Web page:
Chimeron's Kitchen

Recipes and Stories

Historical Entrees

A note from the editors: It has become apparent as we’ve cracked open slightly dusty recipe books, and reinterpreted faded handwriting, that founding Chimeronians greatly enjoyed their red meat. The Bar and Wench drink book was not a surprise, but at this time it appears that nothing other than beef recipes have been passed along to the adventurous cooks of today. Perhaps that is all they had!

Cassia's Dragon Chili

The story of how this recipe came to be can be found in our Library.

Dragon Chili:
½ C olive oil
5 lb dragon*
½ C chili powder
½ C flour
2 tsp cumin
2 tsp coriander
4 C dragon stock*
2 tsp oregano
6 to 8 cloves garlic, minced

  1. Trim the dragon meat of fat, and cut into 1" chunks. Heat the olive oil in a dutch oven, add the meat, and saute until just barely browned.
  2. Mix the chili powder and flour, and add to the meat, stirring to coat all pieces thoroughly. Add the remaining spices and garlic.
  3. Add the stock, and bring to a simmer. Simmer for two to three hours, or until the meat is tender and the sauce is thick.
  4. If possible, let the chili cool, and then store in the refrigerator overnight. This allows the flavors to mellow.
  5. Reheat before serving, and serve with any of the following: sour cream, grated monterey jack cheese, diced onion or scallions, diced tomatoes, black olives, diced jalapenos, hot sauce, tortilla chips.

*Beef may be used if dragon meat and/or stock is not available.

Chimeron Beef

Makes 20 servings

10 lb beef sirloin tip
½-⅔ large bottle GF teriyaki marinade

  1. The night before, marinate the beef in a mixture of about 3 parts teriyaki sauce to 1 part water for 24 hours (or as close to it as possible).
  2. Day of, remove from the marinade (discarding the marinade) and grill the beef.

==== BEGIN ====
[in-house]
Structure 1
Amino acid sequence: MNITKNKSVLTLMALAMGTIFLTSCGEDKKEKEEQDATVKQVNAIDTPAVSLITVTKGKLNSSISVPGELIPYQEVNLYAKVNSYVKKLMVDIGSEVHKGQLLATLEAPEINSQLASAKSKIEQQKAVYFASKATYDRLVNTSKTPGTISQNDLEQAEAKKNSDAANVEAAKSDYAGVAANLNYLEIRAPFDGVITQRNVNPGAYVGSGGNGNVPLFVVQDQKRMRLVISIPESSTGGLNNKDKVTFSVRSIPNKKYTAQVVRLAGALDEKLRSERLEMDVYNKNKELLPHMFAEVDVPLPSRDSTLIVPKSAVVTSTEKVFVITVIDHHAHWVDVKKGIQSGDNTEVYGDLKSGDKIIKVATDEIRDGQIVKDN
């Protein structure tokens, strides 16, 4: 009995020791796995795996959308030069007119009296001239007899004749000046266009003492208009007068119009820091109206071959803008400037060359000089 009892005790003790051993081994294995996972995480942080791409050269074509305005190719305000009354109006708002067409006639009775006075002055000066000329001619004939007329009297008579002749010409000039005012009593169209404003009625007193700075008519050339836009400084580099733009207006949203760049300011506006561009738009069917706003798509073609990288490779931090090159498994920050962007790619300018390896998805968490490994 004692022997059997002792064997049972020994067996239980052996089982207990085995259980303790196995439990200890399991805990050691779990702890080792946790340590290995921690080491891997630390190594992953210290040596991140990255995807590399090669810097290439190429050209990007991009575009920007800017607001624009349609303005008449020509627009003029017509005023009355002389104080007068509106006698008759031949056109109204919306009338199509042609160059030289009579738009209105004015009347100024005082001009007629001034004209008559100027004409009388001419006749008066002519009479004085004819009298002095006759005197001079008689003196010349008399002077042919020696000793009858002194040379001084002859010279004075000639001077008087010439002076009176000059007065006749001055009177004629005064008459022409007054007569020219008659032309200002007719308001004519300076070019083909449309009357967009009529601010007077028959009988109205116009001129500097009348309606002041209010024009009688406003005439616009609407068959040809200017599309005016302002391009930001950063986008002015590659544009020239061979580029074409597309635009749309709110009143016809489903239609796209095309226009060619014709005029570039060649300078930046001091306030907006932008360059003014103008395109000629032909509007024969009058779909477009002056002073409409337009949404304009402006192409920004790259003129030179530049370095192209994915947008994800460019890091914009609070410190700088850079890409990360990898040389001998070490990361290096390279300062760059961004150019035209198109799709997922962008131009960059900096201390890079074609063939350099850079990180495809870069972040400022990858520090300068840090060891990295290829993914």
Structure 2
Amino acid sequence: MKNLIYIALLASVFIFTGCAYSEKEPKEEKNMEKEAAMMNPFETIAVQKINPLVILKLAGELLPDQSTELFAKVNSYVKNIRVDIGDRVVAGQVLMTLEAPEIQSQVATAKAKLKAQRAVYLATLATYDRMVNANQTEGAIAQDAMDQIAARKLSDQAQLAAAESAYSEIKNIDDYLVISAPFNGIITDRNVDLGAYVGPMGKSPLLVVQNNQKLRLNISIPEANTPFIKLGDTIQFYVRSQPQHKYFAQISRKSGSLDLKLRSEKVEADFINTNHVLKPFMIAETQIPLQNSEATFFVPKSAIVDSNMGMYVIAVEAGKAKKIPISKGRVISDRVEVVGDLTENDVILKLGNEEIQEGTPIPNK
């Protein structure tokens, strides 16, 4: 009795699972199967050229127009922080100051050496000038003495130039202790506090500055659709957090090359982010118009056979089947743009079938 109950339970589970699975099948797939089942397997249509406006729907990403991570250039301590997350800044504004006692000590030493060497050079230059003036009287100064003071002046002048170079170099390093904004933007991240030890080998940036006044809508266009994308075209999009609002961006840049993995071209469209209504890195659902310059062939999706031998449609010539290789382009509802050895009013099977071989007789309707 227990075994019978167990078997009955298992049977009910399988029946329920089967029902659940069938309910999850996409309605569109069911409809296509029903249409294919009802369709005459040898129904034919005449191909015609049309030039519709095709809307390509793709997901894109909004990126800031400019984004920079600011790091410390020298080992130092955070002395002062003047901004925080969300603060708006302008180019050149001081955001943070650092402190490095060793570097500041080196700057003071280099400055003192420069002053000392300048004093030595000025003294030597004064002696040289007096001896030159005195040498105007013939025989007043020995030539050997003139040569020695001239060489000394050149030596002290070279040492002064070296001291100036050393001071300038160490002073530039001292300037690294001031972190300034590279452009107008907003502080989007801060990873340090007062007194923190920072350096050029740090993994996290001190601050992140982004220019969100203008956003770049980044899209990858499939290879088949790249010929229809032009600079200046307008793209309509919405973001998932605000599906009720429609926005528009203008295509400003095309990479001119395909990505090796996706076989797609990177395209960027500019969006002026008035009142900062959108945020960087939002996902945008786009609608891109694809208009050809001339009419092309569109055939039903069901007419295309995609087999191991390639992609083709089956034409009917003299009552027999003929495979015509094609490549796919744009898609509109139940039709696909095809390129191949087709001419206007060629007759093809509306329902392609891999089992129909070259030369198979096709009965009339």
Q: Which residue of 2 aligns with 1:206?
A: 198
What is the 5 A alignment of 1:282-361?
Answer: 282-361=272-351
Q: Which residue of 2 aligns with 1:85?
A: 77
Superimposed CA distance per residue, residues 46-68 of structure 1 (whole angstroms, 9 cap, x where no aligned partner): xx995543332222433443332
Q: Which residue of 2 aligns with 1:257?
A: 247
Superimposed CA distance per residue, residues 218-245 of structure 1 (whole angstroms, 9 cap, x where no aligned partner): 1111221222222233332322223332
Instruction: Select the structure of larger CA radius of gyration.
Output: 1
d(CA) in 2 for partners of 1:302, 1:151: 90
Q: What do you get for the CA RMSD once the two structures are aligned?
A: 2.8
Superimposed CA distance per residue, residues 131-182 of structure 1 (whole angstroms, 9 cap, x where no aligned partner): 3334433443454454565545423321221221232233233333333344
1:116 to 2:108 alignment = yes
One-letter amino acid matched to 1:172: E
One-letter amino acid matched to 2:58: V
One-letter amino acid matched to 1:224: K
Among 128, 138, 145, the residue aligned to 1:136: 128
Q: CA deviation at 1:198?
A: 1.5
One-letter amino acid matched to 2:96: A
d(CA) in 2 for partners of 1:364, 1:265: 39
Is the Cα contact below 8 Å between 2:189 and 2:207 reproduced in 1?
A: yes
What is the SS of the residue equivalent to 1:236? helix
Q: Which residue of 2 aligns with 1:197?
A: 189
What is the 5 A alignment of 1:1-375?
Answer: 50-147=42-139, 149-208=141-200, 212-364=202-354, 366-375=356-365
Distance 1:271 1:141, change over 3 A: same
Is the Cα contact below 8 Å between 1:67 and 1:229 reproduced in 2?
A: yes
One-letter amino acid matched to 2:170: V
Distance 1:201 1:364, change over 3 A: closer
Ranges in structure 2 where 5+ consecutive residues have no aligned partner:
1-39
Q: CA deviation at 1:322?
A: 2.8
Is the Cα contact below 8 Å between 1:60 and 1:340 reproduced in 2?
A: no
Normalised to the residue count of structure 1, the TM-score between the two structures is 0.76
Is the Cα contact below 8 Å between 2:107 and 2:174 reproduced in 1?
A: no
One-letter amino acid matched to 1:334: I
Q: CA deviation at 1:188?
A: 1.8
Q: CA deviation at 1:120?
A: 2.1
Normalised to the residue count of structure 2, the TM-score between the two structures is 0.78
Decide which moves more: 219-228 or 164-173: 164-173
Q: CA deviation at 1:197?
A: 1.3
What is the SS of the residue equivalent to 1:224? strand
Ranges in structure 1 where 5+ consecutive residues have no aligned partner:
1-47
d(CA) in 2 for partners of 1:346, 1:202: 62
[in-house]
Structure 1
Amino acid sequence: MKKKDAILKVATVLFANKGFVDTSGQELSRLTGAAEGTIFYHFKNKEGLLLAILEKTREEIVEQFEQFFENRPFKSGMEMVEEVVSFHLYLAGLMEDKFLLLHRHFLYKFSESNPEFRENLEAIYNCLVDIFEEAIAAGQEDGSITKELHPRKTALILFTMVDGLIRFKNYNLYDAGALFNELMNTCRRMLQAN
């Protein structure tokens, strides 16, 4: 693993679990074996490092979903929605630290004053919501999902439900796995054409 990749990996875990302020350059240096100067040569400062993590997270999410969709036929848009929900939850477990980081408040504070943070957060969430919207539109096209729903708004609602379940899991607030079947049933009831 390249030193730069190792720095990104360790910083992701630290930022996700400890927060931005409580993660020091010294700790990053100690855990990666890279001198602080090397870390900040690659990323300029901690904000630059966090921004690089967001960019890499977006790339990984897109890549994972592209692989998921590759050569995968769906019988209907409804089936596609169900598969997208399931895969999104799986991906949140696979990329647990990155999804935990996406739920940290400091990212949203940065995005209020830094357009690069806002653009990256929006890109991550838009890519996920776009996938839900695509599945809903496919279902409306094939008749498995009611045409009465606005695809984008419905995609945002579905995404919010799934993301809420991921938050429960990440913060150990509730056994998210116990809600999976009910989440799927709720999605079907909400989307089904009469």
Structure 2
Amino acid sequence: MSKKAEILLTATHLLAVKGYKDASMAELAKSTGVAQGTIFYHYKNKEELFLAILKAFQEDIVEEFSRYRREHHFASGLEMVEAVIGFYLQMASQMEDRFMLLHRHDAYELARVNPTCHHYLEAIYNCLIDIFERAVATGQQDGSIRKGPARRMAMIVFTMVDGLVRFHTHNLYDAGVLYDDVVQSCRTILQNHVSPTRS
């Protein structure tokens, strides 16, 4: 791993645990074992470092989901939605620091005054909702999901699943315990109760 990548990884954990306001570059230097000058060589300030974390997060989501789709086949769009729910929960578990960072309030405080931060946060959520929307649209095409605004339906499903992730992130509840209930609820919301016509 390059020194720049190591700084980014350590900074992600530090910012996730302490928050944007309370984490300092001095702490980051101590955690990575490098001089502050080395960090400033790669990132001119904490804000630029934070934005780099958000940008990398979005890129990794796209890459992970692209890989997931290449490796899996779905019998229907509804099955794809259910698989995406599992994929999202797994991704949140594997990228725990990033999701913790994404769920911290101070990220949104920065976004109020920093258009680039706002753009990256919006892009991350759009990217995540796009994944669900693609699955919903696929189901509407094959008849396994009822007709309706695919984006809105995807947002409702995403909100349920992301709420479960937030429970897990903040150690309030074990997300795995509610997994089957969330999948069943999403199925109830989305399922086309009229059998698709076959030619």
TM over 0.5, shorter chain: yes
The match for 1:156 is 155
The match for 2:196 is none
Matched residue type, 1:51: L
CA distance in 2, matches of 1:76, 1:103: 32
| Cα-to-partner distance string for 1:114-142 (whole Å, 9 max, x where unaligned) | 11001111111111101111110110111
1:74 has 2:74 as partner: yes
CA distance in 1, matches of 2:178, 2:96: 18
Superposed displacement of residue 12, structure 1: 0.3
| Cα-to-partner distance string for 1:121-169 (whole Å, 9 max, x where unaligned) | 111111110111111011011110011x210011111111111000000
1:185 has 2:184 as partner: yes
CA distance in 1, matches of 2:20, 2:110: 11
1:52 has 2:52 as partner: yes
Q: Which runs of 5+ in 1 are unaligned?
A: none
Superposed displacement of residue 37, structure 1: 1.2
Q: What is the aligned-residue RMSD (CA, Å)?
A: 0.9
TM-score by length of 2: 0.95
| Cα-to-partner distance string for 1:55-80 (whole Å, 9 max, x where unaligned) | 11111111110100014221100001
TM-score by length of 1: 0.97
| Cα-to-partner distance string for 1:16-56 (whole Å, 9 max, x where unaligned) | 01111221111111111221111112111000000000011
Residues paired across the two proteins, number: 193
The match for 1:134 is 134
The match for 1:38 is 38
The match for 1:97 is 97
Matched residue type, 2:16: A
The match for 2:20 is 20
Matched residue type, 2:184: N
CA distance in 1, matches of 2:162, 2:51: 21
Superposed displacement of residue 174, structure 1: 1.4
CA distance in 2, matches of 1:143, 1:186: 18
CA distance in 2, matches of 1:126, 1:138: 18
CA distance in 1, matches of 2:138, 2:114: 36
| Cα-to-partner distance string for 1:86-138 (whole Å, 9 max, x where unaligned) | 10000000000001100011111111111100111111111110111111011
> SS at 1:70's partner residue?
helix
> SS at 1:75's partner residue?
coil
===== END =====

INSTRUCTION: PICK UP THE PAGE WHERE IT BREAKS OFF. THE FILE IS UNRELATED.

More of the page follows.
Fae Steak Tips

Makes 8 servings

2 lb Steak Tips
2 lb Bacon
Garlic Powder

  1. Preheat oven to 375 degrees.
  2. Coat steak tips in seasonings.
  3. Wrap each in a half to full piece of bacon (depending on size).
  4. Bake 15-20 min or until cooked through.
  5. Serve with toothpicks.

Black and White 1020 Recipe Book

In 1020, the cooks of Chimeron released a Recipe Book, which we have partially replicated here. For more references and direction, please refer to the original recipes provided.

French Onion Soup Tarts

As Prepared by Lady Indana Ward

4 medium onions
1 stick butter
1/2 cup broth, beef or vegetable
1/2 cups shredded mozzarella
1/2 cup shredded swiss
1 package puff pastry cups


  1. Slice the onions into long, thin slices.
  2. Melt butter in the bottom of a large stock pot. Slowly caramelize the onions in the butter, stirring nearly constantly towards the end, until they are a nice deep brown. They will reduce in size a bunch. This will take a long time, possibly 50 minutes or more.
  3. Once the onions are fully caramelized, deglaze the pan with the broth. Set the onions aside to cool.
  4. Once the onions have cooled completely, fill each puff pastry cup with onions.
  5. Sprinkle mozzarella and swiss cheese on top of the onions.
  6. Bake at 400 degrees until cheese is melted and brown.

Lady Indana has also prepared other recipes for Chimeron. She has guides for a French Toast Bake and Baked Brie.

Buffalo Chicken Dip

As Prepared by Mistress Aymise

10 oz can chicken breast, drained
½ cup Frank’s Red Hot
2 tbsp butter
⅛ tsp celery seed
⅛ tsp onion powder
⅛ tsp garlic powder
8 oz cream cheese
½ cup blue cheese dressing (or ranch dressing)
¾ cups shredded cheddar cheese

Editorial note from the King: Real heroes use blue cheese dressing. Ranch is for culinary cowards.

Spoon or spatula
Optional: crock pot


  1. Heat chicken, butter, hot sauce, and spices in a medium skillet until warmed through.
  2. Add cream cheese and stir until melted.
  3. Add blue cheese dressing and cheddar cheese, and stir until everything is combined.
  4. Optional: transfer everything to a crock pot set to low to keep warm for service.

Suggested Dippers:
Tortilla Chips
Pita Chips
Bell peppers (any color)

Pork en Croute

As Prepared by Mistress Demitria

Traditionally served at a carving station, the pork en croute has become an evening classic at the Black & White. The citrus notes in the mojo play well with the applesauce, and the hint of garlic keeps the entire dish from straying too far away from its savory roots. A full overnight marinade brings the mojo flavor to the next level.

1 pork tenderloin (approx. 1.5 lbs)